By Michele Calvo and Chideraa Ukeje
Health care reform, while on the whole improving people’s lives, is not without its challenges. Through our work with the Advancing Prevention Project (APP), we often hear about the difficulties that local health departments and their partners encounter while trying to navigate New York State’s complex health reform initiatives. One of these challenges is strengthening and aligning the public health, mental health, and substance abuse infrastructure to integrate physical, mental, emotional, and behavioral health services.
This movement towards integration of mental health and substances abuse services and the public health system is a relatively new one. The debates and resulting opportunities surrounding federal health care reform however brought the importance of overall wellness –beyond just physical wellness—to the forefront. Traditionally, services to promote mental health & wellbeing and prevent substance abuse have developed separately from the medical and public health systems. But, part of our wellness, is not just body but also mind.
Public health places a particular emphasis on prevention of illness before it even begins, and, despite a long history of treating only the crises associated with mental, emotional and behavioral (MEB) disorders, there is a role for prevention in MEB health. Integration of these two systems has the potential to prevent MEB conditions like substance use disorder or PTSD before they even begin, and promote the wellbeing of all New Yorkers.. Even more, for those people with MEBl disorders, integration could mean early identification and better access to care to better prevent crises and promote recovery.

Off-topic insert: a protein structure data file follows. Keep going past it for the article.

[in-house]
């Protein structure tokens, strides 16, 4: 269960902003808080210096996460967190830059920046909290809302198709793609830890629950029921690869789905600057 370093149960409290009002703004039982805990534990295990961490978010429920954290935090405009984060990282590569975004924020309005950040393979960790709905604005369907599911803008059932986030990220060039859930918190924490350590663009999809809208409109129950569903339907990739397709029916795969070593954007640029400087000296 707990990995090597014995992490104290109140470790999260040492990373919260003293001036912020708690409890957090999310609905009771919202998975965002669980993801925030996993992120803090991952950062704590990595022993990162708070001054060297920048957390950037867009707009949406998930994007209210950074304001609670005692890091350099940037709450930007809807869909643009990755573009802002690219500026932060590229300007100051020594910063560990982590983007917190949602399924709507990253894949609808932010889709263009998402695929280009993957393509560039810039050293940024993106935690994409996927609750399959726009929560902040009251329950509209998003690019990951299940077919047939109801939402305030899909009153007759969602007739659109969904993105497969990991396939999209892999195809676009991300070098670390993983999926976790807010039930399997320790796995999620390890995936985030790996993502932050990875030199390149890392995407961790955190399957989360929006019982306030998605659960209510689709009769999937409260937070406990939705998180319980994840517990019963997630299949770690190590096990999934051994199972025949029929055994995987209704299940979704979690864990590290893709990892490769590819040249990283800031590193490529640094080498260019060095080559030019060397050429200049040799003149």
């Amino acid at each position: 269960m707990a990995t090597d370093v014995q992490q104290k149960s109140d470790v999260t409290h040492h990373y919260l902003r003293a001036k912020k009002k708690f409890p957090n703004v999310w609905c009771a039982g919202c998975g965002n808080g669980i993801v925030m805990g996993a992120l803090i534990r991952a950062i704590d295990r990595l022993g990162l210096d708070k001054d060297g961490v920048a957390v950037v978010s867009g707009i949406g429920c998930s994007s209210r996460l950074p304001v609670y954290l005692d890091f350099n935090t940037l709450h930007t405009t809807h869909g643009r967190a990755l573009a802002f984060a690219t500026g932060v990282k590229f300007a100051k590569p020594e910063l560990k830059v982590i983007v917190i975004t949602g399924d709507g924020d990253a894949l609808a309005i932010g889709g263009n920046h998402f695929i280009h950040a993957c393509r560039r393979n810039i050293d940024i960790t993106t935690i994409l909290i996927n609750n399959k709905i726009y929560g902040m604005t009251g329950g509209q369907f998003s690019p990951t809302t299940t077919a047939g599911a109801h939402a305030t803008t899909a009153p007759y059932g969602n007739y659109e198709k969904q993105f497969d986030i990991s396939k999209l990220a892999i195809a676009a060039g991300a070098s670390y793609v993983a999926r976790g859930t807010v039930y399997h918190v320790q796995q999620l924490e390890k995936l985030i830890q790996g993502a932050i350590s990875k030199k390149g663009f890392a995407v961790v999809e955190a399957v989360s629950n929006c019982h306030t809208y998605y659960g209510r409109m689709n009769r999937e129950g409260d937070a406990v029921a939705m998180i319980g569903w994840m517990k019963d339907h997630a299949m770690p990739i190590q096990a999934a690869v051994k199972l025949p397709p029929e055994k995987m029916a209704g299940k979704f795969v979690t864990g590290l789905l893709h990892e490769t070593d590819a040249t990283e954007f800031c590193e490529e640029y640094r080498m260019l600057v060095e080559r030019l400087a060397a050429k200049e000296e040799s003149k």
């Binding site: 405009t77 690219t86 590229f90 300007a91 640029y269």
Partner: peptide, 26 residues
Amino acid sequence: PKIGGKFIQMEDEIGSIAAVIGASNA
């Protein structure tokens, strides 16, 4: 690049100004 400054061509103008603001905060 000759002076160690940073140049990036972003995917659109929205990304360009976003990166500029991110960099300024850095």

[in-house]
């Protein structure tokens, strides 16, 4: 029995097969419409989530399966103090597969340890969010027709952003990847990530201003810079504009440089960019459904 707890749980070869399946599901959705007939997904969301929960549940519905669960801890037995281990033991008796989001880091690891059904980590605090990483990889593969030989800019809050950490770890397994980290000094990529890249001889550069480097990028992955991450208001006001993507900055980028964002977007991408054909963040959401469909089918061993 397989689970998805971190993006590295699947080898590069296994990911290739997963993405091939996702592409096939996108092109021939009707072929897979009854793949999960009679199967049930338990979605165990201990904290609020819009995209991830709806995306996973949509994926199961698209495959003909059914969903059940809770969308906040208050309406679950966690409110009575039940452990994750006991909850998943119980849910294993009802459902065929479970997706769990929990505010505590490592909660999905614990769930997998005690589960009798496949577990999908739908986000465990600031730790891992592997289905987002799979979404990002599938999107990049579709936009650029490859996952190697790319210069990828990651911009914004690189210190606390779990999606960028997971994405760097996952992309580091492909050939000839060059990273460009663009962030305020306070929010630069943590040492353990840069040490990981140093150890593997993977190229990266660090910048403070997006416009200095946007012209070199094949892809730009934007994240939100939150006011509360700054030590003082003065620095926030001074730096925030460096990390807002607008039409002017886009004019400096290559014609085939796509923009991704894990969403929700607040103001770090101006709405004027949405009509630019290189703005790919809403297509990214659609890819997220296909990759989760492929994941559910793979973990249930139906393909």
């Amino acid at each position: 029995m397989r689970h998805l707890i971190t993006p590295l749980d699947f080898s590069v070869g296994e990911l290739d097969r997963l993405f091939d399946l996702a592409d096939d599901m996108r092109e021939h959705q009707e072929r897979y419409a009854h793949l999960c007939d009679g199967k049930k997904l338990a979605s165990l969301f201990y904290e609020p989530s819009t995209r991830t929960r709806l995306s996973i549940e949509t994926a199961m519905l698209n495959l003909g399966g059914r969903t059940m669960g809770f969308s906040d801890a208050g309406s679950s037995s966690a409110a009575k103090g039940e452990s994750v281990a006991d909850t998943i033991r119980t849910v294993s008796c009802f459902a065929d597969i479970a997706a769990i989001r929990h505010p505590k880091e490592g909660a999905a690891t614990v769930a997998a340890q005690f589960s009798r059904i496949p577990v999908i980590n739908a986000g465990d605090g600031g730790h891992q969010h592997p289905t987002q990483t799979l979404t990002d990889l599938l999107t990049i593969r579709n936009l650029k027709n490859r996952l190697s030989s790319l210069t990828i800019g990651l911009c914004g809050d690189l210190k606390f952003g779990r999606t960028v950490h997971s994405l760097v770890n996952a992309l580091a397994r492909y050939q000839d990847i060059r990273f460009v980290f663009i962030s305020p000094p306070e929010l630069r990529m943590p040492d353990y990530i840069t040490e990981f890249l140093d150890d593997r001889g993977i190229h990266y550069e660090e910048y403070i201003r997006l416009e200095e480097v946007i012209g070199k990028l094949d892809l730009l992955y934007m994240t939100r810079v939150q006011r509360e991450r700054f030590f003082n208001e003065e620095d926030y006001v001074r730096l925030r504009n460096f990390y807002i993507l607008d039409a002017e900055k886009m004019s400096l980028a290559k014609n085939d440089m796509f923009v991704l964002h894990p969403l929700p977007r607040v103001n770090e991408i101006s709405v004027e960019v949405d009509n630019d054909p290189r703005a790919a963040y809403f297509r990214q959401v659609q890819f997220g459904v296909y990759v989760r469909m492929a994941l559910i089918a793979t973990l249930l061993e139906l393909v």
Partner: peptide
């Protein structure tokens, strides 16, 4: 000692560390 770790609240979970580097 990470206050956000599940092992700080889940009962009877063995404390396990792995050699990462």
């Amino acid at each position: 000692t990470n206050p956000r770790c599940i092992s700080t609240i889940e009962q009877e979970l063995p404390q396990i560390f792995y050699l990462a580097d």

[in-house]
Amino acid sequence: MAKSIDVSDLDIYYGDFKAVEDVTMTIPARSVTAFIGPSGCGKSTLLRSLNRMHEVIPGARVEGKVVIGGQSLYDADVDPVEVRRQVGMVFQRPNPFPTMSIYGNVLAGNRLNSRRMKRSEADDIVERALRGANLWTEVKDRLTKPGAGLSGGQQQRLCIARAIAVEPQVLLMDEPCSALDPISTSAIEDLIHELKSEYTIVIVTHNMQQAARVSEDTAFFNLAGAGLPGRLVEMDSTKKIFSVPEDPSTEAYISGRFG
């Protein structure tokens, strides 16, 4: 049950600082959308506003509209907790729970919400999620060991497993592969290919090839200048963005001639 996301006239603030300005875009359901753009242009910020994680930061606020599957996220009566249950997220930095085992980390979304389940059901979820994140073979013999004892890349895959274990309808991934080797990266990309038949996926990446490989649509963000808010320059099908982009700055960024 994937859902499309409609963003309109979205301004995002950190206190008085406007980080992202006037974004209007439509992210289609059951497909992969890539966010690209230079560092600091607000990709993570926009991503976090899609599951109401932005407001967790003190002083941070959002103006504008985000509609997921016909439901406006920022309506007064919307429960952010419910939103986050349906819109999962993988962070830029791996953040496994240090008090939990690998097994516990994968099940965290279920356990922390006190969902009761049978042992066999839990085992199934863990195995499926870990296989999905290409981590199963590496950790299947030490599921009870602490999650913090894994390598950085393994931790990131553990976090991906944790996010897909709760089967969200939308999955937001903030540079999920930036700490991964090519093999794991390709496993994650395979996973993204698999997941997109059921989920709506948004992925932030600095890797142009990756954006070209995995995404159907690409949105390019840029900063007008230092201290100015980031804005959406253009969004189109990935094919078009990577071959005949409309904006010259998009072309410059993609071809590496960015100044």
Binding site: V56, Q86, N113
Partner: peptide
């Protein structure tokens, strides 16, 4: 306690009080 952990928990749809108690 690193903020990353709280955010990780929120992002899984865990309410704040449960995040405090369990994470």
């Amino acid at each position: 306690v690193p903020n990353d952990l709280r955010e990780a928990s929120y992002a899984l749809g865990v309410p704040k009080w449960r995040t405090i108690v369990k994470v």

New York State has recognized this with the inclusion of an action plan to “Promote Mental Health and Prevent Substance Abuse” in the Prevention Agenda, and a specific focus area to strengthen infrastructure in support of this. To help with achieving this challenging goal, APP released a toolkit with tools and resources for strengthening infrastructure across five domains organized by clinical, community/county, and regional levels.